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John Gross, 1935-2011

Death of a man of letters.

The writer and critic John Gross, a former literary editor of the New Statesman, died yesterday at the age of 75. After a brief career in academia, Gross gravitated in the mid-1960s towards Grub Street, where he rapidly established a reputation as one of the country's subtlest yet most productive literary journalists.

Gross was made editor of the Times Literary Supplement in 1974, a post he held until 1981.The TLS as we recognise it today owes much to Gross's editorship, the principal and most controversial innovation of which was the introduction of signed reviews (until then, reviewers had written anonymously). Gross didn't abandon scholarly work altogether, however, and in 1969 he published his first, and perhaps best known, book, The Rise and Fall of the Man of Letters, which A N Wilson described as a paean to the "the ideal of a human life, spent reading, and making a living by what one reads".

NS editor Jason Cowley, reviewing Gross's memoir of his East End Jewish childhood A Double Thread in 2001, saw in him a fine practitioner of the literary essay, a form that, "as perfected by Montaigne, Charles Lamb, George Orwell, E B White and Lewis Lapham . . . strives for literary permanence and concerns the search for a personal voice". Gross's book, Cowley concluded, had all these attributes and was a reminder that "the best essayists are those, like Gross, who have the gift of digression, those who surprise the reader and themselves, who are able to luxuriate in language and to elaborate and inflate any chosen subject".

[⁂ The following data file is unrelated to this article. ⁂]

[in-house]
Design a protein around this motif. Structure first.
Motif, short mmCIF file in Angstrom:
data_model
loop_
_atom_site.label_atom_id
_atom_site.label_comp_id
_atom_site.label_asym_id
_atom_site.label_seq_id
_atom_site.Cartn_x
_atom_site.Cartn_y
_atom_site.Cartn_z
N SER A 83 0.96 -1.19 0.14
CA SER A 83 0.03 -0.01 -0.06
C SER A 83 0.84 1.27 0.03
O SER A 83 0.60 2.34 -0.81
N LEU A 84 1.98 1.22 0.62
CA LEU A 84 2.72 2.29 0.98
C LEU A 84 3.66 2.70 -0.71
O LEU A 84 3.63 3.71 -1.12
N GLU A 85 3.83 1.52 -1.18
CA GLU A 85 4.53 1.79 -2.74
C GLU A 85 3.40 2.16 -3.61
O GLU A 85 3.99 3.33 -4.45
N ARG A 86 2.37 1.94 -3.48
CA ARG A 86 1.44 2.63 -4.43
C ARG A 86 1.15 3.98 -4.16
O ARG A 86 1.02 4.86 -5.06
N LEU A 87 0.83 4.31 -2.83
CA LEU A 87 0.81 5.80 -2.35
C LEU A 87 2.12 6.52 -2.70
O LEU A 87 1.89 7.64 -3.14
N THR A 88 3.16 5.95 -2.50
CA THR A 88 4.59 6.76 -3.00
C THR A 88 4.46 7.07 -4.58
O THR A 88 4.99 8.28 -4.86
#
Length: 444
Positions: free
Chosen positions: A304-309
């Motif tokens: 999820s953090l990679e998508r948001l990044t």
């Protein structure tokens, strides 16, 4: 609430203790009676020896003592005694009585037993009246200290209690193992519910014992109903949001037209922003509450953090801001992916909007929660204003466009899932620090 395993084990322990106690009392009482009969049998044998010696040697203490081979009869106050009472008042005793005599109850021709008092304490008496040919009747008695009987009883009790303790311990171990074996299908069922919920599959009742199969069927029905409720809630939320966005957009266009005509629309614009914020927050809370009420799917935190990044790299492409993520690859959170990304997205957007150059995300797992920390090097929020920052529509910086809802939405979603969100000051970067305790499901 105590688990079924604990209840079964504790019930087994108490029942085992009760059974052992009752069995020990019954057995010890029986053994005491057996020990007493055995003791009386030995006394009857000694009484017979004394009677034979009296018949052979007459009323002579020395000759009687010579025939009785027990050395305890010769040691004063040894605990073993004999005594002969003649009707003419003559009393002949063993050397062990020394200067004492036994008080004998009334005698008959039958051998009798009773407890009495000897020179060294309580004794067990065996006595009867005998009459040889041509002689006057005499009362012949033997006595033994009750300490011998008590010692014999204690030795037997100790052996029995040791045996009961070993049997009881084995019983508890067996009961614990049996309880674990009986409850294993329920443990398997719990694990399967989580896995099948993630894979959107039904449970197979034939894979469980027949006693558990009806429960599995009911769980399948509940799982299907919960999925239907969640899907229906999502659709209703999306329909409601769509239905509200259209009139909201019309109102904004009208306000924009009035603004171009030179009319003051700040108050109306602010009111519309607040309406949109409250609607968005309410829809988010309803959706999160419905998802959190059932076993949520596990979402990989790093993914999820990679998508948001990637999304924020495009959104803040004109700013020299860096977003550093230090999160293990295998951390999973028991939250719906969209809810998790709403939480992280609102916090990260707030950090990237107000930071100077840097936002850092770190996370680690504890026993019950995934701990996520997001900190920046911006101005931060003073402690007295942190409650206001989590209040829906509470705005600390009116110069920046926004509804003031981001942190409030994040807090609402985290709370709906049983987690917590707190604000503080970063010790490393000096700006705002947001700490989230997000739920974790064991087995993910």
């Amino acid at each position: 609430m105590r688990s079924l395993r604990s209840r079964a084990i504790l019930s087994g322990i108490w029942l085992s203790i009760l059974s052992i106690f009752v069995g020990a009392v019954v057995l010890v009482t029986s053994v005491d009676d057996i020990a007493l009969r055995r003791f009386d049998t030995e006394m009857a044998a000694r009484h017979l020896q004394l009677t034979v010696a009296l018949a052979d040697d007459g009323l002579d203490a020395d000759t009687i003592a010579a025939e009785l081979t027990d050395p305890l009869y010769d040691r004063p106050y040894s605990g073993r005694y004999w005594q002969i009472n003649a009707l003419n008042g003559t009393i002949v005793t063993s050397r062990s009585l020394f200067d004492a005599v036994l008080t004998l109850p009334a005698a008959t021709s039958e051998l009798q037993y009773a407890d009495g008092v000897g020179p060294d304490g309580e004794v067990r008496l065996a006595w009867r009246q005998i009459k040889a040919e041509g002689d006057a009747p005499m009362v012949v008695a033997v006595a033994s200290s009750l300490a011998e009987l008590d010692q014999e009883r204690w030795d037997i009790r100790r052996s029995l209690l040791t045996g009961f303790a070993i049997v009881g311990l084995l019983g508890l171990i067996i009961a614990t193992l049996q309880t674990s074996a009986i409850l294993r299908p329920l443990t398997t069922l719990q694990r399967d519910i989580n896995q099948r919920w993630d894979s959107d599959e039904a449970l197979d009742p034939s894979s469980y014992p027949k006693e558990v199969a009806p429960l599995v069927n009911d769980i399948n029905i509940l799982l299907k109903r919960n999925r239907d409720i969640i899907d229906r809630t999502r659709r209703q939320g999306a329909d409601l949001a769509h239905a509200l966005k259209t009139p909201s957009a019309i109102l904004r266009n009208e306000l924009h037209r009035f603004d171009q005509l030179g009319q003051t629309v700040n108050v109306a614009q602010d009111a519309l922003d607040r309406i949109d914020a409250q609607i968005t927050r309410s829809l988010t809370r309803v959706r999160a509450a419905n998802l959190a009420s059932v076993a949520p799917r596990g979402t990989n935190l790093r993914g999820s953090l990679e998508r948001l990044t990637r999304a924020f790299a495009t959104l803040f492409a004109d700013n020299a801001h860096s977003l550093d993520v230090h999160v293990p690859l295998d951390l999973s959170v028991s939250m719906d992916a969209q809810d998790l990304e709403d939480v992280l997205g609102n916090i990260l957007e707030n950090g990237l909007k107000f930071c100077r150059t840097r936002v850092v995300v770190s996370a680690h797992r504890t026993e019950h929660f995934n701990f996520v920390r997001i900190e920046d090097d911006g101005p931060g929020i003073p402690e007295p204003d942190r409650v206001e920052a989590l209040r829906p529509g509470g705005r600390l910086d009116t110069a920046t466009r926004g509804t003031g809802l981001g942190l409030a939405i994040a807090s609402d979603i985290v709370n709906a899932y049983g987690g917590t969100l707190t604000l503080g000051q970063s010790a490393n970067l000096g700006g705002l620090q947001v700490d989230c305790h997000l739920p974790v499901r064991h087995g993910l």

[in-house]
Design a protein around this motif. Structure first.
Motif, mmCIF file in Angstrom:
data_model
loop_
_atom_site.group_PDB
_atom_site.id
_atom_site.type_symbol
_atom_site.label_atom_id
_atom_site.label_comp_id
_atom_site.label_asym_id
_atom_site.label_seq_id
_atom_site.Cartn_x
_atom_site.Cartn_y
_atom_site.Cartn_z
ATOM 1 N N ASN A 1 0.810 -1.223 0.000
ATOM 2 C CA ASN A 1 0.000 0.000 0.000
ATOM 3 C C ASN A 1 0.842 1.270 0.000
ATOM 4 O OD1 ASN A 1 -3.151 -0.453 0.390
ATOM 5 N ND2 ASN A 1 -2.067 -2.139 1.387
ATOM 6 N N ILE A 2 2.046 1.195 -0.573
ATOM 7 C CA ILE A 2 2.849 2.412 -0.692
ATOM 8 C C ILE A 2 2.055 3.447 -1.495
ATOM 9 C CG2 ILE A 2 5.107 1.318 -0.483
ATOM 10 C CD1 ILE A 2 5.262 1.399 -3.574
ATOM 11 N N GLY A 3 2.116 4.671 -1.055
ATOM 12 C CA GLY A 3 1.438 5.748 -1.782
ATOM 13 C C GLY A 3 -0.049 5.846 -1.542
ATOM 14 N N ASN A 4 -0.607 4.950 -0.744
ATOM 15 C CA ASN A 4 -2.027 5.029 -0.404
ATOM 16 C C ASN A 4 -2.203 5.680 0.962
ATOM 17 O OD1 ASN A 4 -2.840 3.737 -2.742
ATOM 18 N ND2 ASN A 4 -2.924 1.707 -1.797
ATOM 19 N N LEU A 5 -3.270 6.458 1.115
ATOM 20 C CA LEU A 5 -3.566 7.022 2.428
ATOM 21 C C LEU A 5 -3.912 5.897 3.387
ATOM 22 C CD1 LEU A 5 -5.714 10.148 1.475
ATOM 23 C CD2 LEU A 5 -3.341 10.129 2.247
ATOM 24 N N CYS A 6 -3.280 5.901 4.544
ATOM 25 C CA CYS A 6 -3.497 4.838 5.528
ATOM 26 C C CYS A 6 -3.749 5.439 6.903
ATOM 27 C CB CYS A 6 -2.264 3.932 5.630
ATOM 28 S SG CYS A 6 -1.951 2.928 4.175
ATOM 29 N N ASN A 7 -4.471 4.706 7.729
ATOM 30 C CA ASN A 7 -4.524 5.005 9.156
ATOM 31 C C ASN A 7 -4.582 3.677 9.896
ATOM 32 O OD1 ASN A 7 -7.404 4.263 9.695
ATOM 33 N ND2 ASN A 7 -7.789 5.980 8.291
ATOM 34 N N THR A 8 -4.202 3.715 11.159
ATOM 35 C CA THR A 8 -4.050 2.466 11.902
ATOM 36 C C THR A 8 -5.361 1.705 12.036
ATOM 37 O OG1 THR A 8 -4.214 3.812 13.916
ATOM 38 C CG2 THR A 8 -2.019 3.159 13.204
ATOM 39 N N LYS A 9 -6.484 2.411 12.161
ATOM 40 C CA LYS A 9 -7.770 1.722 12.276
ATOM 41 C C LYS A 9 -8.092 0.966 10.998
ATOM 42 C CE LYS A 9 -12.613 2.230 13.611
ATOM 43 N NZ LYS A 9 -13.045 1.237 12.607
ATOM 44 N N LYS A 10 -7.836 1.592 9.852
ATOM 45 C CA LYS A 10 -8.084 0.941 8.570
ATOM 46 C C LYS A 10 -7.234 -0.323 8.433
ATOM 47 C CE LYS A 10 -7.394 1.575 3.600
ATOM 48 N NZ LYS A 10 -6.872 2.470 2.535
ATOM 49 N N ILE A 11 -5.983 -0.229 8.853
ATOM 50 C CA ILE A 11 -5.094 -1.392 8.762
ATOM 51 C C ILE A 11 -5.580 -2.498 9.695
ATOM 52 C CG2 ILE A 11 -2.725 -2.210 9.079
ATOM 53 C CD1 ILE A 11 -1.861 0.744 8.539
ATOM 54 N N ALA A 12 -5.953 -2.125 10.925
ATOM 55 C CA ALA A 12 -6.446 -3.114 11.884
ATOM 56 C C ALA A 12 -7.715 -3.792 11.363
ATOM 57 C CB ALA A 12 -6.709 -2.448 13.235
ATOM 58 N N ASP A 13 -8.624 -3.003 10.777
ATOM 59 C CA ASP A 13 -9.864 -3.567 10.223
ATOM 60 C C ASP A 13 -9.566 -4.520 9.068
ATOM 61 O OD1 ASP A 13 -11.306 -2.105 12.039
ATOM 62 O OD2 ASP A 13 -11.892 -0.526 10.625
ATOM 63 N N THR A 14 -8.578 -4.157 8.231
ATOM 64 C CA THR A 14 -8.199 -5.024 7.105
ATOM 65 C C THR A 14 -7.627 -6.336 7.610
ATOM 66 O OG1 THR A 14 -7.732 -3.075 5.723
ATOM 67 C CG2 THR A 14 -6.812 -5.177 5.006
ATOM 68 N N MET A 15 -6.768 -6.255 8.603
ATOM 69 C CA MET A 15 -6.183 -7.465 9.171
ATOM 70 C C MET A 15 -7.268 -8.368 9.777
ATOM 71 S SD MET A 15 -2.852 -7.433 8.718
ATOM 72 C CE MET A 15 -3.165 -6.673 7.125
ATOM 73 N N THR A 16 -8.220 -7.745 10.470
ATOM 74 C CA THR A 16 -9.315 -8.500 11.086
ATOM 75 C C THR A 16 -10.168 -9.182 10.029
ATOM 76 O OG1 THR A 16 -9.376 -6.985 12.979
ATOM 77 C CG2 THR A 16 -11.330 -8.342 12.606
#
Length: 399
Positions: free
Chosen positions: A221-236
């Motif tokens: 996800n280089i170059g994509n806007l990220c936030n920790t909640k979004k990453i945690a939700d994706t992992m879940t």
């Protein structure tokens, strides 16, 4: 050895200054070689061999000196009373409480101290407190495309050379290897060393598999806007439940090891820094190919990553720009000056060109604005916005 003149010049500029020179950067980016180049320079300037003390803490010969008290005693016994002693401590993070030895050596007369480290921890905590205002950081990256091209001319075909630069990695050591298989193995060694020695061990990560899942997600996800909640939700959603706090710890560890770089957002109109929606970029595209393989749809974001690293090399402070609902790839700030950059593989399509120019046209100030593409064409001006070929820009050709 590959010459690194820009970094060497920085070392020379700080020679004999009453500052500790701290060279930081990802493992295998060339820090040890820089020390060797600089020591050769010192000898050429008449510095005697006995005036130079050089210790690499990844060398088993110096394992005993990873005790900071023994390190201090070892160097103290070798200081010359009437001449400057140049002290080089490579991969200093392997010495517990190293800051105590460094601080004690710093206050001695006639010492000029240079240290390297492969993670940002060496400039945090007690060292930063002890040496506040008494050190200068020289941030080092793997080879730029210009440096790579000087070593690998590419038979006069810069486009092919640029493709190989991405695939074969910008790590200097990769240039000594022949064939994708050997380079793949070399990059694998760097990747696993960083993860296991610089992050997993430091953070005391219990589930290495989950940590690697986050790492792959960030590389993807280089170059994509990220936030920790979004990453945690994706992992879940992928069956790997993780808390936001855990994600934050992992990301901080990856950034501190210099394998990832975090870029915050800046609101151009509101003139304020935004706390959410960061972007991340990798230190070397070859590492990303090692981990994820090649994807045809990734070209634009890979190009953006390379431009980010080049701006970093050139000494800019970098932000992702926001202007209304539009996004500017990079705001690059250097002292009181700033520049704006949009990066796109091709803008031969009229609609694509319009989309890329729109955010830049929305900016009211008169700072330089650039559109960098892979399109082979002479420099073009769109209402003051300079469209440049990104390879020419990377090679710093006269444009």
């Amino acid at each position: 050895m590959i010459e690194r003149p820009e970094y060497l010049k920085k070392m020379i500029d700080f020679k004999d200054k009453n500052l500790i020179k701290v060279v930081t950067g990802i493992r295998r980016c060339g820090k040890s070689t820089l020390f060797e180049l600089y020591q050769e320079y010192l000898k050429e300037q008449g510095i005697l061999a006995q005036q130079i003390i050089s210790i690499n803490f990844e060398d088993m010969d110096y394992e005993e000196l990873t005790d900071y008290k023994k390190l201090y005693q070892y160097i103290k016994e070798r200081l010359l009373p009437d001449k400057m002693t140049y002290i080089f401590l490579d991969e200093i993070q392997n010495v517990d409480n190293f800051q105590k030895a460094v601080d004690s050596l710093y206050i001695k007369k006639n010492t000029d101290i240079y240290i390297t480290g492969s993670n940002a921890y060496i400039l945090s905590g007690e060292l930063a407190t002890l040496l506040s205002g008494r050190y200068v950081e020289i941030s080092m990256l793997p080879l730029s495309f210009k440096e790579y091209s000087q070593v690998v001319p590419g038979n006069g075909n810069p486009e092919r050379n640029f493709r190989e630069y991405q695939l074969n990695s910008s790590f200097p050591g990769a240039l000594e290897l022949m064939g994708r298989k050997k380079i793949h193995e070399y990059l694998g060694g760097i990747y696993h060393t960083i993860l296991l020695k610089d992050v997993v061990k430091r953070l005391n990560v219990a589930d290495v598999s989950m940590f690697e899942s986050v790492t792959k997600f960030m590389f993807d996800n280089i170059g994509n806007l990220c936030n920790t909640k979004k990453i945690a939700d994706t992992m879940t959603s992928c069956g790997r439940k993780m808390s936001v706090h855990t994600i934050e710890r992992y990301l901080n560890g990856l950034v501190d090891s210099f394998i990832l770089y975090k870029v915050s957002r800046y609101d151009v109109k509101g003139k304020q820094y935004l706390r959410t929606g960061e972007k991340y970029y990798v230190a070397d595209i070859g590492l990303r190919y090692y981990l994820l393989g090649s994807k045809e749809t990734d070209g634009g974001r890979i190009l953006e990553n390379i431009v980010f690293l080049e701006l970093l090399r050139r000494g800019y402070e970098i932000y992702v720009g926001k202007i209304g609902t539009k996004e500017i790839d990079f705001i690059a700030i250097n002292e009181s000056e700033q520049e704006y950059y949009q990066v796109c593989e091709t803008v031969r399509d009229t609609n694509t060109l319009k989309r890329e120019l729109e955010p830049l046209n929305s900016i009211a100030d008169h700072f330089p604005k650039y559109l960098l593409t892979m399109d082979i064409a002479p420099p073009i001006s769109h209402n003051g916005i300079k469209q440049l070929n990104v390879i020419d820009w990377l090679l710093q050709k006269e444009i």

In October 2009, on the 40th anniversary of the publication of Gross's masterpiece, the critic D J Taylor wrote in the NS that, with one or two "trend-defying exceptions", the man of letters as Gross imagined him was extinct. Until yesterday, one of those exceptions was Gross himself:

[Gross's] Man of Letters can range from a simple "bookman", snug in his study with 3,000 novels for company, to the kind of highbrow critic whose followers invest his cult with well-nigh religious significance, or the moonlighting MP who sees literature as a kind of default setting for his political schemes. What unites them is a passion for books, a fixation with the culture in which books get produced and evaluated, and an assumption that, as Gross puts it in his final sentence, "the idea of the man of letters has a place in any healthy literary tradition".